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The short and Long run dynamics of the new naira note

A short story about the demand for naira amid the naira note redesign.

One of the things I have learnt about the domestic demand for naira is the fact that the demand for the currency is inelastic. This is rooted in the willingness of people to pay the charges placed on withdrawals from agents.

In economics, we believe that one of the determinants of price elasticity of demand is time horizon - short and long run. In the short run, the demand for a necessity tends to be inelastic, while in the long run it is elastic. The reason behind this dynamics is rooted in the inability of individuals to adjust their behaviour in the short run.

The new naira note presents this dynamics, but what exactly is elastic/inelastic demand?

Think about elastic and inelastic demand as how you react to the purchase of an item when price changes. When demand is inelastic, you adjust your spending behaviour a bit when price changes. On the flip side (elastic demand), you make huge adjustment to your spending pattern when price changes.

So how does it relates to the new naira note?

There has been a lot of joke around the naira gaining against the naira. The reason behind this joke is not far fetched as agent charge exorbitant price for withdrawals. The lack of a pure substitute for cash - an undeveloped banking system means that the demand for naira is inelastic in the short run.

There are other factors that comes into play here. Nigeria has a lot of MSMEs - accounts for 96.7 percent of businesses , and majority of individuals within this space are illiterate and they don't really know how to use services like electronic transfers. Thus, cash is key for this sector.

For me, three things make the demand for money within the Nigerian context inelastic in the short run.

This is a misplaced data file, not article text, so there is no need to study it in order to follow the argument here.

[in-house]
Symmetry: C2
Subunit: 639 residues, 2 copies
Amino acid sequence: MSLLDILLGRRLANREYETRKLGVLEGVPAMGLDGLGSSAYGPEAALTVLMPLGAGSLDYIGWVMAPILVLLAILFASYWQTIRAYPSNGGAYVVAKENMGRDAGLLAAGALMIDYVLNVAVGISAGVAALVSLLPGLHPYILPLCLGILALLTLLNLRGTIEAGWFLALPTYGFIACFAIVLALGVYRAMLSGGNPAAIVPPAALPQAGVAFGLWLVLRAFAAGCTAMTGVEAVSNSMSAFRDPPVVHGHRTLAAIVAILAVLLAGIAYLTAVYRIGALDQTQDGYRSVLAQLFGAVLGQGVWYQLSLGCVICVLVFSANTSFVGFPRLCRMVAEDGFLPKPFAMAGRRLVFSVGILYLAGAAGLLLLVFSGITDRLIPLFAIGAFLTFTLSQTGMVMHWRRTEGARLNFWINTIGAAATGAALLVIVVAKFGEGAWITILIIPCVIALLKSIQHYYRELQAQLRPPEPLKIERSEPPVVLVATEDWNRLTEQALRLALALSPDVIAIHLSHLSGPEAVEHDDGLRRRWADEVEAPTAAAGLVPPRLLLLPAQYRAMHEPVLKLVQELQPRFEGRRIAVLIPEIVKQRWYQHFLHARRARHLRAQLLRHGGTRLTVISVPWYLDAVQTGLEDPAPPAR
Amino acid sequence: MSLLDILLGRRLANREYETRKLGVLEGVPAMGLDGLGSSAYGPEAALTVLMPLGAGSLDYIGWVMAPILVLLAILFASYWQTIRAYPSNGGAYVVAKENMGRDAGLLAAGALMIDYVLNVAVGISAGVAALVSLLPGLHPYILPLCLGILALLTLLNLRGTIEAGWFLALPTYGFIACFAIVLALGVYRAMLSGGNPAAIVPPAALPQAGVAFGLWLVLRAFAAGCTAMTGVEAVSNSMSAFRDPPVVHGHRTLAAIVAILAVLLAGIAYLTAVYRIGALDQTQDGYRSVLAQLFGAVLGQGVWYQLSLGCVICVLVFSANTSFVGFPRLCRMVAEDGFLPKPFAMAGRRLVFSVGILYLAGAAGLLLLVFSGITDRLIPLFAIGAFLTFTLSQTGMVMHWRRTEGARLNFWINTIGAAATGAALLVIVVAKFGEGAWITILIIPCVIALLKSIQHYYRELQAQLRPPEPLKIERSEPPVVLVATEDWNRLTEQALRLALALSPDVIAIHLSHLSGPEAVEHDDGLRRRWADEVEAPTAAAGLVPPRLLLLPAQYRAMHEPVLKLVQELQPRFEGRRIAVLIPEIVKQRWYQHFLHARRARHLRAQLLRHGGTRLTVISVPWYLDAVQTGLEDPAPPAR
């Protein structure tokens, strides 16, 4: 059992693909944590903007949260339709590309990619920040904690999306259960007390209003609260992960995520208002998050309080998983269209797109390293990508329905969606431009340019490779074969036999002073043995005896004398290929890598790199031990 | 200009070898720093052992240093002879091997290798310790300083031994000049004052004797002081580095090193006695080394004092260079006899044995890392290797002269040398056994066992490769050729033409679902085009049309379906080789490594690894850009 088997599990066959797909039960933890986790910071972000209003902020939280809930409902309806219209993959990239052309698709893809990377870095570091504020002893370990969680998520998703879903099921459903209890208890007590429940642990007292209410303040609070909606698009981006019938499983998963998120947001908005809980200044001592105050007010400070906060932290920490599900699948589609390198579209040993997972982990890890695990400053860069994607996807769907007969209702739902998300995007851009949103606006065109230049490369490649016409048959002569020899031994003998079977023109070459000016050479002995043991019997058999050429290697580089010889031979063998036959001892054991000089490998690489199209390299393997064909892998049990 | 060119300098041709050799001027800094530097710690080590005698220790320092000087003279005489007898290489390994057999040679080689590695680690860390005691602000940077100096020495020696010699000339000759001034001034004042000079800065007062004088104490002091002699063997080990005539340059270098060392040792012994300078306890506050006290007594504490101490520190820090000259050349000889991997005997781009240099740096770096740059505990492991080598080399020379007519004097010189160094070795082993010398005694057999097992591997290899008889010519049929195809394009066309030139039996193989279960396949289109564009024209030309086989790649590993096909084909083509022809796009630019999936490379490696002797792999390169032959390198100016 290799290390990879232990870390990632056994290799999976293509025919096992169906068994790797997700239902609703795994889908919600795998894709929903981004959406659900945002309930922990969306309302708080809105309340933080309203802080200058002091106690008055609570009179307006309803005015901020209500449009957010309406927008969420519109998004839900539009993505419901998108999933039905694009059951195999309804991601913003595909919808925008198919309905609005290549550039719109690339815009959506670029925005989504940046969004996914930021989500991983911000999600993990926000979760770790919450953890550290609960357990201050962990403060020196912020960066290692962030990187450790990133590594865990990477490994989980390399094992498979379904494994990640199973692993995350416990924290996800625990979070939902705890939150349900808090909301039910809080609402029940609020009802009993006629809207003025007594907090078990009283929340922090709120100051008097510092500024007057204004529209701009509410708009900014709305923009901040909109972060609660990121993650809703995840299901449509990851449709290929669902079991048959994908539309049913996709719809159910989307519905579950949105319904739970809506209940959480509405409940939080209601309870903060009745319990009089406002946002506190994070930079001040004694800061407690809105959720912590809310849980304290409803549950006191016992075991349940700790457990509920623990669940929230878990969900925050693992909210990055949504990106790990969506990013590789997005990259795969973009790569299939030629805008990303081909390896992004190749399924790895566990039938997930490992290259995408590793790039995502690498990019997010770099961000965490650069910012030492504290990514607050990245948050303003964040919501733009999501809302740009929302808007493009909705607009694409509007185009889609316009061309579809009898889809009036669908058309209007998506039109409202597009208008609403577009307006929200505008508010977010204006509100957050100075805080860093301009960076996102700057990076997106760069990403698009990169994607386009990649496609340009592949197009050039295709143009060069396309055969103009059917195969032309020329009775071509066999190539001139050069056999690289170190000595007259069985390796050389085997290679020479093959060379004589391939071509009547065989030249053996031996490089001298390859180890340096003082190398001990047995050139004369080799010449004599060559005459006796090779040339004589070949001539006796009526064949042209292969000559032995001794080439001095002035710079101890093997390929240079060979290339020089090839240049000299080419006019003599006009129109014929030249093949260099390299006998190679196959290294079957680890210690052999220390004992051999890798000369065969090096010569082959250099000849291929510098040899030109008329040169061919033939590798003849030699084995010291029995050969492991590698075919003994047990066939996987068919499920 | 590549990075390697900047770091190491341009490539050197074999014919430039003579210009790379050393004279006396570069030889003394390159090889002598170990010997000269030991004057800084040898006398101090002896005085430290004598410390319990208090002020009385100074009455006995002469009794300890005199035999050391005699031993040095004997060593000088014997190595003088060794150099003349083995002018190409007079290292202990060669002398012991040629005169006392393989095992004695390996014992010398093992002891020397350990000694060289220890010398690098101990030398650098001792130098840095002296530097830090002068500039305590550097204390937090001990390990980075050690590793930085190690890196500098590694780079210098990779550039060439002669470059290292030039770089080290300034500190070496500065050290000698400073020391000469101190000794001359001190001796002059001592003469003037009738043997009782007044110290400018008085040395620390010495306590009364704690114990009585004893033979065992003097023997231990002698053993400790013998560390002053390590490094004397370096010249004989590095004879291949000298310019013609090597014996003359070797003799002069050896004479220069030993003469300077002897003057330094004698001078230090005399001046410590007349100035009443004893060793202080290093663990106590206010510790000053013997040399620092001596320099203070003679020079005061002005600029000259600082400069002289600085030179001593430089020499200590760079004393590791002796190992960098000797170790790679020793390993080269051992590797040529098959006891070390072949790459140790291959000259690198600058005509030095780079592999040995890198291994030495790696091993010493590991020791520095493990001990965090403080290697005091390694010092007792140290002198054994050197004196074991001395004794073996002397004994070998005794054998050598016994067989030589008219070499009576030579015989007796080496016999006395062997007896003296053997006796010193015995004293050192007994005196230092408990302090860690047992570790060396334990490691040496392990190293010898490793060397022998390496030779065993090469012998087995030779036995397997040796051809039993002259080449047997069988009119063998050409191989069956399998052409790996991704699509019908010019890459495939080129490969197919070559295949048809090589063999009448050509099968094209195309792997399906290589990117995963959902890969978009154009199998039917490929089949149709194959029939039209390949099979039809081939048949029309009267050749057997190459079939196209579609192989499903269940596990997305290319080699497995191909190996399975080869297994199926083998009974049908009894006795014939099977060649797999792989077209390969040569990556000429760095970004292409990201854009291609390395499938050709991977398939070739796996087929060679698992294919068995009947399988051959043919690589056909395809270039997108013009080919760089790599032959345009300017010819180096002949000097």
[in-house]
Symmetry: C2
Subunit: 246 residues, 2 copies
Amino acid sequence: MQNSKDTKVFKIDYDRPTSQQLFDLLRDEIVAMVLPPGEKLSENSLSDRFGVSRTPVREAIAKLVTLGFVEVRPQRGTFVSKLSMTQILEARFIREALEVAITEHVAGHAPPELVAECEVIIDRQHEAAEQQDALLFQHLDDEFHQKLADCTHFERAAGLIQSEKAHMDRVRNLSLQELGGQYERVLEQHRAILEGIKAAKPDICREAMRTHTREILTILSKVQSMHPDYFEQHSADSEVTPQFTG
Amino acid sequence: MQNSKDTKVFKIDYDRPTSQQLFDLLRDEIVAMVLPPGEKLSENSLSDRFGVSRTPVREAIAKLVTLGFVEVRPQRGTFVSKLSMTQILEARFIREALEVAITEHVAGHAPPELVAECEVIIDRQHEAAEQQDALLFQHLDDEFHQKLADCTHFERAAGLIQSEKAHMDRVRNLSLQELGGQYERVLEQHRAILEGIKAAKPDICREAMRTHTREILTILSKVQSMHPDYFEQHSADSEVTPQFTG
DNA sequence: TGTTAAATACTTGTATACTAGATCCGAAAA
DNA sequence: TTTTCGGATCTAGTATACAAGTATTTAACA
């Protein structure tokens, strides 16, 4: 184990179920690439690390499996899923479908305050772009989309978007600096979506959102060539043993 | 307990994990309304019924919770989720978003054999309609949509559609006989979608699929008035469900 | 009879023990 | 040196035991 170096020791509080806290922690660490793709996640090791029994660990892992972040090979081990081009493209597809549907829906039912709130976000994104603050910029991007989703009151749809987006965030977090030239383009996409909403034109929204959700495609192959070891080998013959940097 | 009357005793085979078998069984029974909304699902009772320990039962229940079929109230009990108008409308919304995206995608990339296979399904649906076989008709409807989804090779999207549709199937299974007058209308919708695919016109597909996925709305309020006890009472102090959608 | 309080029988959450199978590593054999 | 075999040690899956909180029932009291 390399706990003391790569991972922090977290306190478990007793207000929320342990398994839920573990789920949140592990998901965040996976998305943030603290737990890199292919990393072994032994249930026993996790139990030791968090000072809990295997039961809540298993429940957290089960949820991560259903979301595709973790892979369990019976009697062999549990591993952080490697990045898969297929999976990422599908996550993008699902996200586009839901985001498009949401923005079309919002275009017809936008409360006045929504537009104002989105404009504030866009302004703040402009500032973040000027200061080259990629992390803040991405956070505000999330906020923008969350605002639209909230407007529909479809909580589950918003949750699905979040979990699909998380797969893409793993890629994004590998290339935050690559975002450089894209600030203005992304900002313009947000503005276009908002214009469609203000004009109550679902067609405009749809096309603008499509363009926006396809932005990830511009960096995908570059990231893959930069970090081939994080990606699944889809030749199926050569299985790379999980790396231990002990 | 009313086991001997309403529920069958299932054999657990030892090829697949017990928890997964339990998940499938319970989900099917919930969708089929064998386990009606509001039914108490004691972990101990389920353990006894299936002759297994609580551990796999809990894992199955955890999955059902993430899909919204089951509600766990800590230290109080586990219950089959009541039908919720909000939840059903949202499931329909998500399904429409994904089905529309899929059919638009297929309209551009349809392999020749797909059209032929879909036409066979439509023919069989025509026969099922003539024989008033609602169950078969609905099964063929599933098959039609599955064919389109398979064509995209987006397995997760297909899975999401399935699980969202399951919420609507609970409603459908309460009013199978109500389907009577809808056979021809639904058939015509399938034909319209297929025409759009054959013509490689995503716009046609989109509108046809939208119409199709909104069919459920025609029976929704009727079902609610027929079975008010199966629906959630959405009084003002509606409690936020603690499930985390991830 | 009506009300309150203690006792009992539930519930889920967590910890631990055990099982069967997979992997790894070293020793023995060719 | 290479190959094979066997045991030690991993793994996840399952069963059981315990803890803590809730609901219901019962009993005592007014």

1. The underdeveloped banking system

2. Knowledge gap about the use of electronic money transfers.

3. The cost/fee of using a POS by most MSMEs.

All these factors play a role in making the demand for money inelastic in the short run.

What happens in the Long Run?

Just like how the demand for most necessities switches from inelastic in the short run to elastic in the long run, I also expect the demand for money to follow the same path - that is switching from inelastic to elastic. How?

I believe that people (Nigeria) demand for money to finance things like transportation and purchase of food. Given the factors I mentioned earlier regarding the reasons why demand is inelastic, the system needs cash to thrive and for this reason, people are willing to pay exorbitant fees for withdrawals. This problem creates a sweet spot for fintechs especially people in the business of mobile wallets (MTN and O-pay I am looking at you).

In the long run, I expect a lot of innovation around transportation and products for MSMEs - payments solution. I perceive that we will be having a lot of  vehicles with NFC technology, where users make use of prepaid cards to pay for their fare. We could also see the rise of the alienated O-Ride and maybe an app that makes using public transport easier.

These solutions (transportation and MSMEs) will definitely change the way people view money and thus the switch of the demand for money from inelastic to elastic.